26 September 2022 The Irish Film & Television Network
Virtual Disappear Here Film Festival takes place online this September 24th-26th
23 Sep 2021 : News Desk
Aille Ar Airgead
This year, with cases still higher than the national average on both side of the border, the team behind the event has decided to remain exclusively in an online space for one more year.

Disappear Here Film Festival in Ballyliffin was forced to pull its physical event in 2020 with less than 48 hours’ notice, as the Irish Government announced a specific lockdown for County Donegal.

Festival Director Michael McLaughlin spent the remainder of last year working with lobby group The National Campaign for The Arts (NCFTA) and was heading up the Northwest drive to ensure a swift return to live events. He is hopeful that this time next year we will be back to a live shared experience in Ballyliffin. 

“Artists walk a very fine tightrope of survival, and Covid was particularly devasting for filmmakers, as they had to adapt in many cases without crew, equipment, or budget! This year, we had lots of interesting work submitted that showed the resilience required to get films made during a global pandemic,” said McLaughlin. “In fact, if anything Covid has created new forms of cinema and new ways of telling stories under restricted conditions. The number of documentary work we received this year was up by 20%, and this is reflective of the limitations of the national lockdowns.”

One such film screening at the festival this year, Is There Out Anybody Out There? - Young Voices From Inside a Pandemic was produced by 60 students studying film at Trinity College, Dublin. The documentary was imagined as a result of the school closing in March 2020, with students being asked to vacate their accommodation, and return home. Using Skype, TikTok, WhatsApp, and of course Zoom as the recording platform, audiences are thrust headfirst into a compelling look at how these individuals adapt to the new world order.

Closer to home in neighboring Leitrim, Director Johnny Gogan’s Groundswell offers a fascinating look at the issues around fracking, both from international experience and the grassroots efforts to get the practice banned here in Ireland. Many similarities spring to mind with the sterling work by local campaigners in the Micra “100% Redress”movement. The film highlights the ability of local communities to fight large corporations and win, no matter how stacked the odds against them.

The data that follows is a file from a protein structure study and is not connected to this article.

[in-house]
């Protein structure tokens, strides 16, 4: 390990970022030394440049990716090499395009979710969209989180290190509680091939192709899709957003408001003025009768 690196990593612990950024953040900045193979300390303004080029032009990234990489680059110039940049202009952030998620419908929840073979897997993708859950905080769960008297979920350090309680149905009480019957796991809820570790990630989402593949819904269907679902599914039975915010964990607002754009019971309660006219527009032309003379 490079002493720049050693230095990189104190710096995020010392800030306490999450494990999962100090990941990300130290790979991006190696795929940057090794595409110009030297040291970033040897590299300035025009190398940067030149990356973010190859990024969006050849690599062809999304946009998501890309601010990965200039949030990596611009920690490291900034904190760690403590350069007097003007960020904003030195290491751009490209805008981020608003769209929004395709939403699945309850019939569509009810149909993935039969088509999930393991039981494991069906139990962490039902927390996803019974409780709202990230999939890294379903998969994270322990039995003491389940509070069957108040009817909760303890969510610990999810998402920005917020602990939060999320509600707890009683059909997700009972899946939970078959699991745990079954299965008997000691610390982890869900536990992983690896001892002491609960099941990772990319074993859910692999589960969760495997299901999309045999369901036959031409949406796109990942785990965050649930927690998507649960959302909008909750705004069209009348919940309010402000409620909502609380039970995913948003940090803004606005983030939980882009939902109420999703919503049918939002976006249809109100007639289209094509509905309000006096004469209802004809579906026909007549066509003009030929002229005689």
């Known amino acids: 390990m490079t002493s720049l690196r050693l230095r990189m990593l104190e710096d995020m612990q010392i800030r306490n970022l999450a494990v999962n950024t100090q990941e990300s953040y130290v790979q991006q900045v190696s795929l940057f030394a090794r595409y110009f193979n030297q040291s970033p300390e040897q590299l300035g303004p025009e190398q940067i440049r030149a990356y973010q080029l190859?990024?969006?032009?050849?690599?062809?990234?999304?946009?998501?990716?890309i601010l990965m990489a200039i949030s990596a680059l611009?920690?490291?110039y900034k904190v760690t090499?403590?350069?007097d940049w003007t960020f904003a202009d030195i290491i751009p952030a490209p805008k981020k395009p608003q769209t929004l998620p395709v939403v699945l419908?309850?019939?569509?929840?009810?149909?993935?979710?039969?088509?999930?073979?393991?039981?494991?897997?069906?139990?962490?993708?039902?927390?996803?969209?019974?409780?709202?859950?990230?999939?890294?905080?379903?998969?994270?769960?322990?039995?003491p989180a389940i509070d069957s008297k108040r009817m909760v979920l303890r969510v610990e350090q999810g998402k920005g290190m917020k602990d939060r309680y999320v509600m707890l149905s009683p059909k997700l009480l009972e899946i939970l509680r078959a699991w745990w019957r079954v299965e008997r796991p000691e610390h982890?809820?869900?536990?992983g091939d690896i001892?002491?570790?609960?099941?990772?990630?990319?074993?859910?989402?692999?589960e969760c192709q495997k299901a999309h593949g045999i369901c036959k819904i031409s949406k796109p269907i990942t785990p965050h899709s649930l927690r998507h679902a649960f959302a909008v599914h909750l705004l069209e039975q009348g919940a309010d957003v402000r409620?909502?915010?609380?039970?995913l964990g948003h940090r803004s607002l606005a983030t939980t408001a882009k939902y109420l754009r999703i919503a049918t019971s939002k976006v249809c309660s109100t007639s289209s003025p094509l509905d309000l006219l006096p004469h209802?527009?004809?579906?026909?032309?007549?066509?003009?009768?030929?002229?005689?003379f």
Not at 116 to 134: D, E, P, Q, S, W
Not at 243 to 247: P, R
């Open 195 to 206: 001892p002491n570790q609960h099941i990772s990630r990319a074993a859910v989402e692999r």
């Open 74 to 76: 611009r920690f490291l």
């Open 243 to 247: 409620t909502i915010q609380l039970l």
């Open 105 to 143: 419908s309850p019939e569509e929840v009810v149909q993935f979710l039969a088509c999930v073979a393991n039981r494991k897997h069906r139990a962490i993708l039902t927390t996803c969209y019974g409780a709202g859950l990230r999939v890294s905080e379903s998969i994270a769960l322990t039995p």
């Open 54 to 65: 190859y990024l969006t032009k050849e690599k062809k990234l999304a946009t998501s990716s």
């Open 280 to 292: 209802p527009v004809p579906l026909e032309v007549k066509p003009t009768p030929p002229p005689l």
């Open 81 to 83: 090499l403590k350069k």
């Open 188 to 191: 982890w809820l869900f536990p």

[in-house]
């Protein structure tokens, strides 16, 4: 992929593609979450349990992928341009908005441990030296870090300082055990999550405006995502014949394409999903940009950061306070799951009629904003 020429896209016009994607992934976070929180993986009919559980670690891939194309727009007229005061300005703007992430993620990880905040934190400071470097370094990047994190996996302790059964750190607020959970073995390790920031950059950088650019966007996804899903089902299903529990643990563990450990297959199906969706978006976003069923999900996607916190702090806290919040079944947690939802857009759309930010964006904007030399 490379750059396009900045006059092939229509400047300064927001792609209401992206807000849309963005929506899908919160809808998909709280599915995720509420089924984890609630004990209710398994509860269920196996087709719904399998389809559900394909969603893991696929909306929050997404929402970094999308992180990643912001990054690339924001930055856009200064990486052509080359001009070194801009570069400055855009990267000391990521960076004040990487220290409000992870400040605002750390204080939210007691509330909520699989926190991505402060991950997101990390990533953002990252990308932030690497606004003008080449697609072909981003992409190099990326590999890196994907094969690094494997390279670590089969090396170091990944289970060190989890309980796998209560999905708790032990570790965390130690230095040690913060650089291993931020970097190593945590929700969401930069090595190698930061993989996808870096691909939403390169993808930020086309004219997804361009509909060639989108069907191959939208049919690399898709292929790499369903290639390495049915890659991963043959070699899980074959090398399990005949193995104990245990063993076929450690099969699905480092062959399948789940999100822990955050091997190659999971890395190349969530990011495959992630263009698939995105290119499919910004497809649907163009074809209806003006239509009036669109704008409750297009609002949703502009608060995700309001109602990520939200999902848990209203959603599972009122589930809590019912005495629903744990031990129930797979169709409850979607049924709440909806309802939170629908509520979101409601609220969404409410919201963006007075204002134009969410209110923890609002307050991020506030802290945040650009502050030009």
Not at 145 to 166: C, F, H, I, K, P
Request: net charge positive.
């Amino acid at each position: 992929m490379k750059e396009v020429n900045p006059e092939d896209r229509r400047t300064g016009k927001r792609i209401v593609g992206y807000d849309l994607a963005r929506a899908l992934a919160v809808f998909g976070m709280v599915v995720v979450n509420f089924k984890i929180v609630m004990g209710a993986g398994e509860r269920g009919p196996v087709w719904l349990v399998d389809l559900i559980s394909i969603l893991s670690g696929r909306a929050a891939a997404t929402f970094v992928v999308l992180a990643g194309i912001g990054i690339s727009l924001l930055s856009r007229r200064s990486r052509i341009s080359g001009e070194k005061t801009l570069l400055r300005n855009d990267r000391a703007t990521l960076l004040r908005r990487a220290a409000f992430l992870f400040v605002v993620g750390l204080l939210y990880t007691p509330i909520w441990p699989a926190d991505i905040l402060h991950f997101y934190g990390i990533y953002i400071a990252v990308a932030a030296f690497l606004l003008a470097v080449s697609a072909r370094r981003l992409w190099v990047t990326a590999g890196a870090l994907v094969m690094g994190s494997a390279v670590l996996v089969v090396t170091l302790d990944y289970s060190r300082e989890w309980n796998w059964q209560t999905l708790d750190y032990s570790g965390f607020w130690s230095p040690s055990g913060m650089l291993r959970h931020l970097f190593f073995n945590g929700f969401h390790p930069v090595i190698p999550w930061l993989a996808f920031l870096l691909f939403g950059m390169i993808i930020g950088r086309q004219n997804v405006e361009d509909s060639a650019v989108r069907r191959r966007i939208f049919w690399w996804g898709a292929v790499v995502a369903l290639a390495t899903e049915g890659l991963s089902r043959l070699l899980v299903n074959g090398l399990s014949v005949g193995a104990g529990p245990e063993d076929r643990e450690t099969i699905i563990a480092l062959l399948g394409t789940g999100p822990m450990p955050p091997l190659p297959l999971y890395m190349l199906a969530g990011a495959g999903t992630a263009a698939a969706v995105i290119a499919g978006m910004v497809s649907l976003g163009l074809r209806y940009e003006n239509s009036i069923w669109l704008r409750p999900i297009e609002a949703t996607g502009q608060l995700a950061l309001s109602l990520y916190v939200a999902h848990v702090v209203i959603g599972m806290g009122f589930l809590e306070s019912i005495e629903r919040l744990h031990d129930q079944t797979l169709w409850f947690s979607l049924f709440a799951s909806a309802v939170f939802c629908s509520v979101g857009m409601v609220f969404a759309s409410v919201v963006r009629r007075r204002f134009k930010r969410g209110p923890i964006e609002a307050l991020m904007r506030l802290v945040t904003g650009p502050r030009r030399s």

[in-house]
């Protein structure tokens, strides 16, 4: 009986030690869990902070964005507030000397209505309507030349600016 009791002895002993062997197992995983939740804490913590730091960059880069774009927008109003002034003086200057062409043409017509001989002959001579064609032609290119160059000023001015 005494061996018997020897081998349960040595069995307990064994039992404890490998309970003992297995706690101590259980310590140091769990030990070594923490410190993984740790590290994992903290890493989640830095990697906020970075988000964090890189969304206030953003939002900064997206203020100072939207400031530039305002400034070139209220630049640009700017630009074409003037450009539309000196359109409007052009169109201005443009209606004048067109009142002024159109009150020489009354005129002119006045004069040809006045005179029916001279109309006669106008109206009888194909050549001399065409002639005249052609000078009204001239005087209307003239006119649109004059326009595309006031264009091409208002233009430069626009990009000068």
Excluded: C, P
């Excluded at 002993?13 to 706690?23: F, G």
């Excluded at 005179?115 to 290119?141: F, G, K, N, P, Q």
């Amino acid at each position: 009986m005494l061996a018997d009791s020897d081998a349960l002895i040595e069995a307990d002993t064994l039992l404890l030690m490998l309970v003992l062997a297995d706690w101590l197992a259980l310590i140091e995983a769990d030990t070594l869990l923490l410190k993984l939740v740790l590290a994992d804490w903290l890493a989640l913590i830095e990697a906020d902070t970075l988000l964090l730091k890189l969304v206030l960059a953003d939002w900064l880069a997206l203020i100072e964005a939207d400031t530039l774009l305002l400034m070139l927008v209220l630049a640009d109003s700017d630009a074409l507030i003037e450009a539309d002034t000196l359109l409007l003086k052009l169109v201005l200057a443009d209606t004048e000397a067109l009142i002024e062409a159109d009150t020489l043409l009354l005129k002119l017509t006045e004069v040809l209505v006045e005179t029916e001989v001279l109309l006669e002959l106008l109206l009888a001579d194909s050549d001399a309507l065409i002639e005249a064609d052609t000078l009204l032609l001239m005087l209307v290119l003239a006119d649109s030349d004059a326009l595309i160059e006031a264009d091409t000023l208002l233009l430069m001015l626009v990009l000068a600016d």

Another local short documentary Two Birds Sang looks at the lives of two Inishowen based artists, Ros Harvey and Tim Stampton, how they came to open their Ballagh Studio and Art Gallery in Malin, and how the local landscape here acts as a constant inspiration to create.

“As usual we have had some great local work submitted, and we are delighted to be partnering with the Donegal Film Office again in 2021 to provide a €500 Bursary to an emerging new talent from either Donegal or Derry,” says McLaughlin. “The number of films submitted from the National Film School at IADT and the Letterkenny Institute of Technology is encouraging and the standard of the work is very high.”

Other works of note across the weekend include a unique documentary on country singer Big Tom Making Tom, produced by his niece Taine King; a compelling cross-border account of The Troubles as told by the now grandparents of the times to their younger family members, called Border Tales; Tras and Let your Colours Run Free - two films exploring life in rural Ireland for the non-binary and transgender community.

Other films include The Heart Of Camden: The Story of Father Michael Doyle and An Bhearna Bhaoil - a double bill that looks at the lives of Irish people abroad, what inspires them to leave their homes and the impact they have on communities, and to those in need. 

And finally, The Present is a powerful Oscar nominated short, filmed in Palestine, which shows us the humiliating and dehumanising controls at the notorious Israeli flashpoint, Checkpoint 300.

“Each year we look for the very best films that explore issues around human rights and social justice” concludes McLaughlin, “and this year is no different. We have incredible Irish and International work that focus on topics from mental health, addiction, and domestic abuse, to LGBTQ inequalities and the international fight for human rights. We salute all of the filmmakers that allowed our event to be the conduit for engaging our audience here in Ballyliffin, and for this 2021 online festival, all over the globe.  

“We look forward to welcoming you all to this year’s festival, our biggest yet with 88 fabulous films for you from Ireland and around the world!”

Click here for full programme and ticket details.

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